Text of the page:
9 Points To Consider When Buying a Pool Cue

Pool Cue

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With all the choices available in the market, buying a pool cue can be overwhelming. To help you make an informed buying decision, here are things you must consider before buying.

Price of Pool Cue

Alongside the expansive variations of pool cues, price range could stretch longer than this pool stick. It could be as cheap as $20 or you can splurge on a fine cue worth many grand. When you buy the expensive kind, make sure that you are spending for playability and not just for mere frills. At the very least, you would want to pick one in the satisfactory scale, so a pool cue worth at least $100 may be for you.

Pool Cue Design

While it can help you show some personality, embellishments can do little about how you play. It can jack up the price of a pool cue though. In contrast, a simple cue stick can bring out its natural feel, that can otherwise be drowned by numerous inlays and other alterations. What the embellishments cannot provide practically, it can do so psychologically, as design may give a boost to the player strutting a cool cue.

Pool Cue Weight

A pool cue that weighs 20 or 21 ounces is perfect for neophytes. Getting an added spin from the extra mass of cue can also help the beginner, although you must note that a heavy cue can also lead to miscues and unwanted english.

When you have developed more skill and accuracy in your strokes, you may want a 19-ounce pool cue to allow you more control of the speed of the cue ball. This weight division of cues (or lighter) is a favorite among intermediate players. A number of pool aces are now turning to 18 ounces.

Material of Pool Cue Tip

The toughness of the tip is an important part of a pool cue as it affects the feel of the shot. For an extra feel through the shot, opt for a soft tip. However, if durability is important to you, go for a hard tip as it lasts longer on the cue and does a god job of preserving its rounded shape. Hard or very hard tips are often the choice of professionals especially when there is no repairman to replace their tip is readily available.

The width of the tip is another consideration in your purchase. The legal range of cue tip sizes is between 11 and 14 millimeters. If you are a newbie, you may want a 13-mm tip, but if you have stubby fingers,12 to 12.5 mm tips may be suitable. You may also opt for a thicker tip when you have already gained some experience.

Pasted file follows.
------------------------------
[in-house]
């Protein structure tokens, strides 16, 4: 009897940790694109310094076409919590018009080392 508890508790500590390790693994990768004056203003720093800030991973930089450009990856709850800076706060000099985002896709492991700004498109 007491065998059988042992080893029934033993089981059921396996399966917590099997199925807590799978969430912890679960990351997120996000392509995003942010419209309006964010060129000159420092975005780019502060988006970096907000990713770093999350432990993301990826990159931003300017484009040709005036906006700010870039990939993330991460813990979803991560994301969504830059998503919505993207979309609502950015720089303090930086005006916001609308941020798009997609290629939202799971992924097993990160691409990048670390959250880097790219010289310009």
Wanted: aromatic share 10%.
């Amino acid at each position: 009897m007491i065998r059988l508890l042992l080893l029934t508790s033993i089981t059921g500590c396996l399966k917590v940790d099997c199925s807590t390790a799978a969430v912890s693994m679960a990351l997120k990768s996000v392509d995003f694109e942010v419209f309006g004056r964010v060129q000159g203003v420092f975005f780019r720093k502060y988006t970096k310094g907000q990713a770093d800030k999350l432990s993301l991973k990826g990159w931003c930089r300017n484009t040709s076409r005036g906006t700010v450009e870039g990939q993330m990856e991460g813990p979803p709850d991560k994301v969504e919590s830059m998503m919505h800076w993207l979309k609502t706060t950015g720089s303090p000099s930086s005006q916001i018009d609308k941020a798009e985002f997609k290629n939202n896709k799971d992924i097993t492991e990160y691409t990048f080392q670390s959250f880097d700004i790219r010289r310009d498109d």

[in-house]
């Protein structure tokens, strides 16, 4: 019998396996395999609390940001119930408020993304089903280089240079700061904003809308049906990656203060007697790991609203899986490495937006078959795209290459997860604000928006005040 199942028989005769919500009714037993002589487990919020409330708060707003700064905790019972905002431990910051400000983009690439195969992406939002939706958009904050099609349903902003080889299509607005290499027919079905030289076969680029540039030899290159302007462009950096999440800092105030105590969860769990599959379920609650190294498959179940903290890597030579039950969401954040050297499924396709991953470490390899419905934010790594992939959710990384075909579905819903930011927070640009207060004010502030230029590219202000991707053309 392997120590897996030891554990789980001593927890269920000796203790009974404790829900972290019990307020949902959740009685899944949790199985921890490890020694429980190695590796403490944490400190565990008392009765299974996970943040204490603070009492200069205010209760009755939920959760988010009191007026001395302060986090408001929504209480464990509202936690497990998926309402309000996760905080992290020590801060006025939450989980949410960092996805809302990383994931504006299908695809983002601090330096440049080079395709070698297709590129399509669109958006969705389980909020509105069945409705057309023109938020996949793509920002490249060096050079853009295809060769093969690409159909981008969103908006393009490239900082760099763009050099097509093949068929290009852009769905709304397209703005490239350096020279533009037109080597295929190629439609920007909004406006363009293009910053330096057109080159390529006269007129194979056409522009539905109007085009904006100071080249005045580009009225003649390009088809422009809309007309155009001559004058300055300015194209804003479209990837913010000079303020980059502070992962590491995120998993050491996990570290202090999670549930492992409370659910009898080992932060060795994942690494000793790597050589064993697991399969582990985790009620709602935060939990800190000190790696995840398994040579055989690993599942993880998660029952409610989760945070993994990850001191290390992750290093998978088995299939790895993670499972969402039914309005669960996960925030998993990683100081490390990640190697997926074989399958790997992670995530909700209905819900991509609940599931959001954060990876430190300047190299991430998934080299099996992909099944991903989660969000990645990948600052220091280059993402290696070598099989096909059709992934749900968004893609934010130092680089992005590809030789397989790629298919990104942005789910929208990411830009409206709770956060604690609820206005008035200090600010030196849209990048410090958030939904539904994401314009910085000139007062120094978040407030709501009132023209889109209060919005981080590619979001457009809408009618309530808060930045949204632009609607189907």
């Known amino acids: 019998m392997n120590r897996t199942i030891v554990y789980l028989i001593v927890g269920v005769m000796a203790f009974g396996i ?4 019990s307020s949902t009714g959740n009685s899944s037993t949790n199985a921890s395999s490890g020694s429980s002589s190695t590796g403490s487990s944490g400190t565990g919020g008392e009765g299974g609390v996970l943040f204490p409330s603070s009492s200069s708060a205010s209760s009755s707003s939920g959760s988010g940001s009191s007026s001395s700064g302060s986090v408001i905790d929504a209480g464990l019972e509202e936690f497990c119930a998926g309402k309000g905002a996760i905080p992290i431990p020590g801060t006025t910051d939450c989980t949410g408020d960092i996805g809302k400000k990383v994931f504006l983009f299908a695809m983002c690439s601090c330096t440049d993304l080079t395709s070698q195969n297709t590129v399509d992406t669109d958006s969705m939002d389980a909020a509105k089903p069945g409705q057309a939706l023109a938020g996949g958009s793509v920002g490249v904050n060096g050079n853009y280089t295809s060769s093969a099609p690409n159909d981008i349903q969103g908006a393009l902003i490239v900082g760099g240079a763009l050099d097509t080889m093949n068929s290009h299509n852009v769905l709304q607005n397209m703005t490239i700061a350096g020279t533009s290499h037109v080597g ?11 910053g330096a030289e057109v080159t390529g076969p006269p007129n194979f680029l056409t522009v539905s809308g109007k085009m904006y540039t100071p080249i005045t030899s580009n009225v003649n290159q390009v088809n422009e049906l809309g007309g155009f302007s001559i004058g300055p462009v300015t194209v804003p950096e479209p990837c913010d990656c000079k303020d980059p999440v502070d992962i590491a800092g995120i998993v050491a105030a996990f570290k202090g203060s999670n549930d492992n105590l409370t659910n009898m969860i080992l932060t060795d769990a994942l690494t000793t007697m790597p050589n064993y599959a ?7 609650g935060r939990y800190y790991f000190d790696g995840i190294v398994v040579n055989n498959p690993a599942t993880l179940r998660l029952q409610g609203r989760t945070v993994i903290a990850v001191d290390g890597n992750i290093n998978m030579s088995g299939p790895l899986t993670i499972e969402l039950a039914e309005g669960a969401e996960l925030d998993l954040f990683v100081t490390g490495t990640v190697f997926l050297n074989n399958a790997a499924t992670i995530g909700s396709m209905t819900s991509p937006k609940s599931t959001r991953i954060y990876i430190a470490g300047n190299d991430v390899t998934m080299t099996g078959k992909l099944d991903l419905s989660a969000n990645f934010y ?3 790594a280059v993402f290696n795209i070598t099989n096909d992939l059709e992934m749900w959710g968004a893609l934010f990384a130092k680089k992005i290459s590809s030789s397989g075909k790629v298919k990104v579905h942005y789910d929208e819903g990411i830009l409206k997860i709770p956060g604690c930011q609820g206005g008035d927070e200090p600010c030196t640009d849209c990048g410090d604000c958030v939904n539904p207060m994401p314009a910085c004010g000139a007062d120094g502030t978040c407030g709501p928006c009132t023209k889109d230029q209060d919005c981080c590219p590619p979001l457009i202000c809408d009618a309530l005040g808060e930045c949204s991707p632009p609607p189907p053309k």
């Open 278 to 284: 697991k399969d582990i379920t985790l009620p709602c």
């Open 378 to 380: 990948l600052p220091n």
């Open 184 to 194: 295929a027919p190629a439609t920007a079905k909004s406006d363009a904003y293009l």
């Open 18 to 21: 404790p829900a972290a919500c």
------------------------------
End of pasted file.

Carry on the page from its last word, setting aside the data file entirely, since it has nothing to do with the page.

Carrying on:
Pool Cue Balance Point

This is a toss-up between a balance point toward the forward, or toward the rear. Using only two fingers, locate the spot that allows you to balance the cue. Try shooting different cues to help you decide. You can modify the weight and balance of a cue by changing the weight lodged in the butt of the cue. All you need is to remove the rubber bumper and do the necessary change.

Pool Cue Wrap

Whether it is leather, nylon, Irish linen or an exotic wrap, try various wraps to determine which one you are most comfortable using. Nylon and linen wraps are often suitable for newbies, while leather is great for players who heavily perspire as it can absorb moisture.

Pool Cue Brand

Mass produced models is recommended for beginners as these are more affordable costing about $100. When you better know the options and your preferences, that’s the time you can ideally go for custom-made handcrafted cues to accommodate your fancy.

Joint Structure of the Pool Cue

Do not forget to check the joint of the cue and note that larger screws on the male end of the joint with wider joint threads are often the more durable kind.

Pool Cue Color

The shaft or butt of pool cues come in a rainbow of colors. You may want a funky conspicuous color, but brace yourself for potential unwanted attention at your favorite pool hall.

Once you have chosen the perfect pool cue for you, do not forget to buy a cue case for safe keeping. Harder cases may be heavier, but they provide tougher protection than lighter, softer ones. Opt one for a shoulder strap for easy handling.

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